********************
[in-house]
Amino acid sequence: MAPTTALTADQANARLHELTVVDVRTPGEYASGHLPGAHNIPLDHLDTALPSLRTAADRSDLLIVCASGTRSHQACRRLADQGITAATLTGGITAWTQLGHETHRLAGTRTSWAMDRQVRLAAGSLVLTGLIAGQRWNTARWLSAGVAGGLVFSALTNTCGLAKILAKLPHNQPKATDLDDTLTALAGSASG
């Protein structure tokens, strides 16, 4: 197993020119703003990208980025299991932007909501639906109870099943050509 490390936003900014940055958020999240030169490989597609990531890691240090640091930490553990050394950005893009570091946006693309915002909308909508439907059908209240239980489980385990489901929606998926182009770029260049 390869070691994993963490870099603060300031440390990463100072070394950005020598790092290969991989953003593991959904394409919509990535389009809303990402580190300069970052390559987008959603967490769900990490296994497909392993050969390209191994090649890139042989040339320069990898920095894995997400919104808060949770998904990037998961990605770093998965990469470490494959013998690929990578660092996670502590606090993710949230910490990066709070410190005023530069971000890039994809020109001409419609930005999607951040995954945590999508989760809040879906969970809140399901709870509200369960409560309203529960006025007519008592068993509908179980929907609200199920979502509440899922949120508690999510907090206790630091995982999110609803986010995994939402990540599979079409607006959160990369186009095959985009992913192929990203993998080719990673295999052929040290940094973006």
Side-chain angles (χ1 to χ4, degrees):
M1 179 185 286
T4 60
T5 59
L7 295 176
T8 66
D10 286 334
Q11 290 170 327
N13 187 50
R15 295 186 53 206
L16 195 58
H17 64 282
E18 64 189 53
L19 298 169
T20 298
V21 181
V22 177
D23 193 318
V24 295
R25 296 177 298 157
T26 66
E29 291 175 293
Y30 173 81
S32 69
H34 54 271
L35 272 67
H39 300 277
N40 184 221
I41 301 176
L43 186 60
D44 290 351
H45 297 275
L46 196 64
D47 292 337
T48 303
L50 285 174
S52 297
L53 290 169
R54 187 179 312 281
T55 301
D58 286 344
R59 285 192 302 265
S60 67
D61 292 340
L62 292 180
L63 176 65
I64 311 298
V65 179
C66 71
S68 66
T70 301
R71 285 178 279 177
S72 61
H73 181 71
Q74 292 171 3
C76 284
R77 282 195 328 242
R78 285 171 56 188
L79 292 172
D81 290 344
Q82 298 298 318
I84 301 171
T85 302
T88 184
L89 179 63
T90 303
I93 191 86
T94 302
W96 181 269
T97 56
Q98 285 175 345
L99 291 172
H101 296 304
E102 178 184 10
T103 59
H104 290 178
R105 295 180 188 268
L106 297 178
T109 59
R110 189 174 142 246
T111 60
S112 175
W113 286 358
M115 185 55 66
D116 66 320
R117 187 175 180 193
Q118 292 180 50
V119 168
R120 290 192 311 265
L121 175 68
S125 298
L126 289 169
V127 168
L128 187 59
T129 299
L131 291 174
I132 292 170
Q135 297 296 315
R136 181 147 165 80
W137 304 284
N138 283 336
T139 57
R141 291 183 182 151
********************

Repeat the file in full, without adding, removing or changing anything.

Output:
[in-house]
Amino acid sequence: MAPTTALTADQANARLHELTVVDVRTPGEYASGHLPGAHNIPLDHLDTALPSLRTAADRSDLLIVCASGTRSHQACRRLADQGITAATLTGGITAWTQLGHETHRLAGTRTSWAMDRQVRLAAGSLVLTGLIAGQRWNTARWLSAGVAGGLVFSALTNTCGLAKILAKLPHNQPKATDLDDTLTALAGSASG
């Protein structure tokens, strides 16, 4: 197993020119703003990208980025299991932007909501639906109870099943050509 490390936003900014940055958020999240030169490989597609990531890691240090640091930490553990050394950005893009570091946006693309915002909308909508439907059908209240239980489980385990489901929606998926182009770029260049 390869070691994993963490870099603060300031440390990463100072070394950005020598790092290969991989953003593991959904394409919509990535389009809303990402580190300069970052390559987008959603967490769900990490296994497909392993050969390209191994090649890139042989040339320069990898920095894995997400919104808060949770998904990037998961990605770093998965990469470490494959013998690929990578660092996670502590606090993710949230910490990066709070410190005023530069971000890039994809020109001409419609930005999607951040995954945590999508989760809040879906969970809140399901709870509200369960409560309203529960006025007519008592068993509908179980929907609200199920979502509440899922949120508690999510907090206790630091995982999110609803986010995994939402990540599979079409607006959160990369186009095959985009992913192929990203993998080719990673295999052929040290940094973006």
Side-chain angles (χ1 to χ4, degrees):
M1 179 185 286
T4 60
T5 59
L7 295 176
T8 66
D10 286 334
Q11 290 170 327
N13 187 50
R15 295 186 53 206
L16 195 58
H17 64 282
E18 64 189 53
L19 298 169
T20 298
V21 181
V22 177
D23 193 318
V24 295
R25 296 177 298 157
T26 66
E29 291 175 293
Y30 173 81
S32 69
H34 54 271
L35 272 67
H39 300 277
N40 184 221
I41 301 176
L43 186 60
D44 290 351
H45 297 275
L46 196 64
D47 292 337
T48 303
L50 285 174
S52 297
L53 290 169
R54 187 179 312 281
T55 301
D58 286 344
R59 285 192 302 265
S60 67
D61 292 340
L62 292 180
L63 176 65
I64 311 298
V65 179
C66 71
S68 66
T70 301
R71 285 178 279 177
S72 61
H73 181 71
Q74 292 171 3
C76 284
R77 282 195 328 242
R78 285 171 56 188
L79 292 172
D81 290 344
Q82 298 298 318
I84 301 171
T85 302
T88 184
L89 179 63
T90 303
I93 191 86
T94 302
W96 181 269
T97 56
Q98 285 175 345
L99 291 172
H101 296 304
E102 178 184 10
T103 59
H104 290 178
R105 295 180 188 268
L106 297 178
T109 59
R110 189 174 142 246
T111 60
S112 175
W113 286 358
M115 185 55 66
D116 66 320
R117 187 175 180 193
Q118 292 180 50
V119 168
R120 290 192 311 265
L121 175 68
S125 298
L126 289 169
V127 168
L128 187 59
T129 299
L131 291 174
I132 292 170
Q135 297 296 315
R136 181 147 165 80
W137 304 284
N138 283 336
T139 57
R141 291 183 182 151